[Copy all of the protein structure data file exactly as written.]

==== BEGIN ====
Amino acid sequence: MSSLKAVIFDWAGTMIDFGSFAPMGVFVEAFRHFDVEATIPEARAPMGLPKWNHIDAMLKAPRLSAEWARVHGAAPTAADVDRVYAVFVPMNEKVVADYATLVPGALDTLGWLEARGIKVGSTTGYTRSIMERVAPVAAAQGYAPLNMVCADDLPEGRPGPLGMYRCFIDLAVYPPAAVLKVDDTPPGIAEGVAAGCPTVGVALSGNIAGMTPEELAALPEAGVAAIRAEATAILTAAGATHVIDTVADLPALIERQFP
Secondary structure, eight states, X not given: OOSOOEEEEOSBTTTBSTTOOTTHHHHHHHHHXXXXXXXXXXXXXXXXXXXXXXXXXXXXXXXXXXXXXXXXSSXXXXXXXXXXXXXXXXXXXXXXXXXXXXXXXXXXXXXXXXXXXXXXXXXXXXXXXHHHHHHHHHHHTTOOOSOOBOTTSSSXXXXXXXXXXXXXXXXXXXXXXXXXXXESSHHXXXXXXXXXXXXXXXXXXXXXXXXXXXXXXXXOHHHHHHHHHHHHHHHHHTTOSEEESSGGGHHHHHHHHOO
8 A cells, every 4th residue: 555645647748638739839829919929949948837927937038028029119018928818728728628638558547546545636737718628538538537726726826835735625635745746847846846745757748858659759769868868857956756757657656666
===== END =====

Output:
Amino acid sequence: MSSLKAVIFDWAGTMIDFGSFAPMGVFVEAFRHFDVEATIPEARAPMGLPKWNHIDAMLKAPRLSAEWARVHGAAPTAADVDRVYAVFVPMNEKVVADYATLVPGALDTLGWLEARGIKVGSTTGYTRSIMERVAPVAAAQGYAPLNMVCADDLPEGRPGPLGMYRCFIDLAVYPPAAVLKVDDTPPGIAEGVAAGCPTVGVALSGNIAGMTPEELAALPEAGVAAIRAEATAILTAAGATHVIDTVADLPALIERQFP
Secondary structure, eight states, X not given: OOSOOEEEEOSBTTTBSTTOOTTHHHHHHHHHXXXXXXXXXXXXXXXXXXXXXXXXXXXXXXXXXXXXXXXXSSXXXXXXXXXXXXXXXXXXXXXXXXXXXXXXXXXXXXXXXXXXXXXXXXXXXXXXXHHHHHHHHHHHTTOOOSOOBOTTSSSXXXXXXXXXXXXXXXXXXXXXXXXXXXESSHHXXXXXXXXXXXXXXXXXXXXXXXXXXXXXXXXOHHHHHHHHHHHHHHHHHTTOSEEESSGGGHHHHHHHHOO
8 A cells, every 4th residue: 555645647748638739839829919929949948837927937038028029119018928818728728628638558547546545636737718628538538537726726826835735625635745746847846846745757748858659759769868868857956756757657656666